Hong Kong banks shutter branches again after COVID cases hit record high

HONG KONG, July 20 (Reuters) - HSBC HSBA.L, Standard Chartered STAN.L and other banks in Hong Kong closed branches or curtailed their working hours on Monday after a spike in the number of new coronavirus cases in the Asian financial hub.

Hong Kong recorded more than 100 cases in a 24-hour period over the weekend, the most since the pandemic took hold in late January.

The rise in cases took the tally close to 2,000 patients, 12 of whom have died.

Hong Kong banks shut scores of branches in late January when the first wave of the coronavirus cases hit the city. These later reopened as case numbers dropped.

Bank of China (Hong Kong) 2388.HK said in a statement on Monday it would suspend services at nine branches due to the spread of the virus. It had already suspended services at three branches, one of which reopened on Monday.

HSBC said in a separate statement it would temporarily close two business centres for commercial banking and three mobile branches operating from trucks, and shorten operating hours at all branches.

HSBC subsidiary Hang Seng Bank 0011.HK closed one branch for 14 days for deep cleaning after a member of staff preliminarily tested positive for COVID-19, it said on Sunday.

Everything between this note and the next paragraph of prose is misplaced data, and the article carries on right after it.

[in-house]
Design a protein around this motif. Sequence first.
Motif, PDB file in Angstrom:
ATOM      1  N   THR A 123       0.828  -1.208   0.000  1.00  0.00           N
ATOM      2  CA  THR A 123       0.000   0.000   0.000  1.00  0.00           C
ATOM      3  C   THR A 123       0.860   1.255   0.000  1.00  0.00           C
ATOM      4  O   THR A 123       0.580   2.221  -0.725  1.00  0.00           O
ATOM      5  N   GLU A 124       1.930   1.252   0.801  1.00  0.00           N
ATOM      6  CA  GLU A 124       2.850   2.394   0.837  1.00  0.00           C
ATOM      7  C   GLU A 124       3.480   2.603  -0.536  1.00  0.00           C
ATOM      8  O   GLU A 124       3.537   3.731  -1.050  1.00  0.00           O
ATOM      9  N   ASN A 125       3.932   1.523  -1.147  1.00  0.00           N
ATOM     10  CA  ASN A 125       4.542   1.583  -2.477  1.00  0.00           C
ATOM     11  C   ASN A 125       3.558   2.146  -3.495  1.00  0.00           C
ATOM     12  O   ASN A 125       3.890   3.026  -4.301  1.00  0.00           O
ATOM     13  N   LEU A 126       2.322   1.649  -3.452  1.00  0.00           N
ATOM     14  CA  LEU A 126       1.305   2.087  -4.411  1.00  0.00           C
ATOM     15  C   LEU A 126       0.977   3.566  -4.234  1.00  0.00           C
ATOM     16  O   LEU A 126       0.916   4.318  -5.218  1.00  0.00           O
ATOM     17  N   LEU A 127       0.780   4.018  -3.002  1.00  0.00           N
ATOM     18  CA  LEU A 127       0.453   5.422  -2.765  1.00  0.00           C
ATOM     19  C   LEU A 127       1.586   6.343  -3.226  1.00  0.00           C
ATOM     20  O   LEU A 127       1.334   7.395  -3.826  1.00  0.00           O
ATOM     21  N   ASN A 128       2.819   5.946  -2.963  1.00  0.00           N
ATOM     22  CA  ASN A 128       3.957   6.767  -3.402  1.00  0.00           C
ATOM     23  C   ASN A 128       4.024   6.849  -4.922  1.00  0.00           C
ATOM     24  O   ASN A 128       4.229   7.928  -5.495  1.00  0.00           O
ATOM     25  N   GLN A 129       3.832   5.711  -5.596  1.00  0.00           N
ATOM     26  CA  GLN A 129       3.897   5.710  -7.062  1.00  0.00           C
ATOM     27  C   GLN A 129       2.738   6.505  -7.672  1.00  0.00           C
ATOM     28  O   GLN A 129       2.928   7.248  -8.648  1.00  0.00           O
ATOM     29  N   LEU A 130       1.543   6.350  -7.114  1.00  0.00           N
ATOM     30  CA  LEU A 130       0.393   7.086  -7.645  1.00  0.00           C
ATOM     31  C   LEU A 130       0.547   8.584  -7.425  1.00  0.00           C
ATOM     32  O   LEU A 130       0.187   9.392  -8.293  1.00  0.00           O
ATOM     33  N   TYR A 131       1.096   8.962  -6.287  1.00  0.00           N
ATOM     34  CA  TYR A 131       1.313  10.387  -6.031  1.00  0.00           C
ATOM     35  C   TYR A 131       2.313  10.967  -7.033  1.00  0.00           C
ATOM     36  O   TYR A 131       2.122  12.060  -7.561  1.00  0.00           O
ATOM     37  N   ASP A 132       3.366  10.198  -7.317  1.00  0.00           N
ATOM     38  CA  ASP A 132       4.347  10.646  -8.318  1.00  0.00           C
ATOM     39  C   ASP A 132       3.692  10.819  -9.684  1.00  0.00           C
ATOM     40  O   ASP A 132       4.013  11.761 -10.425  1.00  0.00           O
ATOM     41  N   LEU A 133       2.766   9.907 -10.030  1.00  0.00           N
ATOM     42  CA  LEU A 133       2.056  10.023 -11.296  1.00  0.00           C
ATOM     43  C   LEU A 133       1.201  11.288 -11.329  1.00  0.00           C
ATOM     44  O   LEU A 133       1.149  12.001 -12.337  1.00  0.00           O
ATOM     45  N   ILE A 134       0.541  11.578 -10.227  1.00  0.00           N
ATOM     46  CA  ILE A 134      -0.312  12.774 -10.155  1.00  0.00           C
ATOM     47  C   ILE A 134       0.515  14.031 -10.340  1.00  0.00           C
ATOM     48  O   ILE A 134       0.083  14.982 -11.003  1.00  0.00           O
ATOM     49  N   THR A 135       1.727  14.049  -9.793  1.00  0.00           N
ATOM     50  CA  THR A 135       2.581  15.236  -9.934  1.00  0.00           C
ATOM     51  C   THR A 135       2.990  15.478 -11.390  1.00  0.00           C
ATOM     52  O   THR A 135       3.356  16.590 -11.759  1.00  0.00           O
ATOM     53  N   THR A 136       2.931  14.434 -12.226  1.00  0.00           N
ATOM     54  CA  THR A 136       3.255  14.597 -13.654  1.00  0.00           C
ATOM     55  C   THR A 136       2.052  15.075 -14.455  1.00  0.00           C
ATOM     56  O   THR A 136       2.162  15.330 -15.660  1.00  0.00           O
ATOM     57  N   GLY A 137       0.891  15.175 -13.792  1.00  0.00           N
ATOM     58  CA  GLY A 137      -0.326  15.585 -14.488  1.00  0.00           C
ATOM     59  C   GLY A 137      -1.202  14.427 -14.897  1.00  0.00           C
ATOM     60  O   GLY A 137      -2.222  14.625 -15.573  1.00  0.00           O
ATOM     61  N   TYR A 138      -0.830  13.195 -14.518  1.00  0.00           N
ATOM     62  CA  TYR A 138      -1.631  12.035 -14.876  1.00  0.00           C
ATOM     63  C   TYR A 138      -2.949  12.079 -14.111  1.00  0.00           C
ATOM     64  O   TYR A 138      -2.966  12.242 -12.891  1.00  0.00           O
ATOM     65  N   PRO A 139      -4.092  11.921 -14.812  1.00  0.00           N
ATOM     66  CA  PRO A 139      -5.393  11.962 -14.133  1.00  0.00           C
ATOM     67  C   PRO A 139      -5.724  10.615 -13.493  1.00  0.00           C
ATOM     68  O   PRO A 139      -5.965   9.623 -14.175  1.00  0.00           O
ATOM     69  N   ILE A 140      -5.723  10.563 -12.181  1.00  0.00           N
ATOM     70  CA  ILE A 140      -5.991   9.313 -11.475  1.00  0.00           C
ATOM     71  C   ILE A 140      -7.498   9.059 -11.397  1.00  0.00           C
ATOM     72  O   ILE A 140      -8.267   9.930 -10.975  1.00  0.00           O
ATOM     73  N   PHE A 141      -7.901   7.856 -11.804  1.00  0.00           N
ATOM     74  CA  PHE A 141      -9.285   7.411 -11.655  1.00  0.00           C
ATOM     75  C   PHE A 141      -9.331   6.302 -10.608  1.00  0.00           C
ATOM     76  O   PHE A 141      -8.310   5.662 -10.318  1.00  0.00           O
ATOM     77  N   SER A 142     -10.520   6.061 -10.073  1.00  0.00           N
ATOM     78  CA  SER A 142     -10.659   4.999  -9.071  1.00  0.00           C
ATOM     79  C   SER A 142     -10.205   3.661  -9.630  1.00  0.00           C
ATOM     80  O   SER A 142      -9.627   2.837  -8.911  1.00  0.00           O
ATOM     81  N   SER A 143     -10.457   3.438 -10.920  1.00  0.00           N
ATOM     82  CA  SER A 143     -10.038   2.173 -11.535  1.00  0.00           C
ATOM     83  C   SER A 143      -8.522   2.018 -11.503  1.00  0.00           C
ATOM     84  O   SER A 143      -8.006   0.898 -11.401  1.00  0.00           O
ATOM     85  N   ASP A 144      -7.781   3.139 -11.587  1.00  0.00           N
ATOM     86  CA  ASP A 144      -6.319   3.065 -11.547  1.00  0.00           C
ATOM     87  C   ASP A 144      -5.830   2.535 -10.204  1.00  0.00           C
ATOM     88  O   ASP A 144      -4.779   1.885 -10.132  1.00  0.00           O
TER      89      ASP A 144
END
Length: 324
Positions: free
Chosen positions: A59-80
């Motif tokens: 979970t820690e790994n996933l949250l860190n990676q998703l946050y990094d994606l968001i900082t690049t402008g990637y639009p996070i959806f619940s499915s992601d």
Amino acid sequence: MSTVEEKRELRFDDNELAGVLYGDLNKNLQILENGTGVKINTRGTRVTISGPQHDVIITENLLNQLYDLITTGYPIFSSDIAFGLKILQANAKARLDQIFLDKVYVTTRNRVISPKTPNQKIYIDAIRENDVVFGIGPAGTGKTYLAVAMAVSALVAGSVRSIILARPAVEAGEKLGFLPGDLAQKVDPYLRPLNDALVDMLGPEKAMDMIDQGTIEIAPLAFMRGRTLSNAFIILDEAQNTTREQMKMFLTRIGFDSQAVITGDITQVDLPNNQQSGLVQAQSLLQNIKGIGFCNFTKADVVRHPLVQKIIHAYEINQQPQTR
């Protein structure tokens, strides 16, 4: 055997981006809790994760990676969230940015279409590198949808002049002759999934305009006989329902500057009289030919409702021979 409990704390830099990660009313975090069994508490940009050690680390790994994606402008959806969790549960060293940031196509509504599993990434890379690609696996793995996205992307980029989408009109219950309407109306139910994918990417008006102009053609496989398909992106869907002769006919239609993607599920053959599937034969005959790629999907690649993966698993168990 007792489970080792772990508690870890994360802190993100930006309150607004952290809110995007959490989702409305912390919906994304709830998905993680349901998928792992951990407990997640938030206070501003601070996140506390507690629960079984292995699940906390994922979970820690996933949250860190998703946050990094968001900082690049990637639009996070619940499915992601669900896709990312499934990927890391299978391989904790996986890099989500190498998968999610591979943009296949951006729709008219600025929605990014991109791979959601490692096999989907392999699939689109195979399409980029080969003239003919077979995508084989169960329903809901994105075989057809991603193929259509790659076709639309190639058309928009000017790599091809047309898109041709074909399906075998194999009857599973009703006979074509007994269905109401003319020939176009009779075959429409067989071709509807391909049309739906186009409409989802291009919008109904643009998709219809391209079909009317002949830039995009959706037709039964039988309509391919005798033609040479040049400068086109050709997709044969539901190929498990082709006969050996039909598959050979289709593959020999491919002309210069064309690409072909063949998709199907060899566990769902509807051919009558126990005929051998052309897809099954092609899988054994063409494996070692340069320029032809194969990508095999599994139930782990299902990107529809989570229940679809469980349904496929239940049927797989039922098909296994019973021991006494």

Standard Chartered and Bank of East Asia 0023.HK said they would shorten branch opening hours.

On Sunday, Hong Kong Chief Executive Carrie Lam announced tighter coronavirus restrictions with non-essential civil servants told to work from home.

Amusement parks, gyms and 10 other types of venues will remain closed for another seven days, while a requirement for restaurants to only provide takeaway after 6.00 p.m. was extended. Face masks will be mandatory in indoor public areas.

For first time, world records 1 million coronavirus cases in 100 hours - Reuters tally

FACTBOX-Worldwide coronavirus cases cross 14.08 million, death toll at 595,459

(Reporting by Alun John and Sumeet Chatterjee; Editing by Muralikumar Anantharaman)

((Alun.John@thomsonreuters.com; +852-28415827;))

The views and opinions expressed herein are the views and opinions of the author and do not necessarily reflect those of Nasdaq, Inc.


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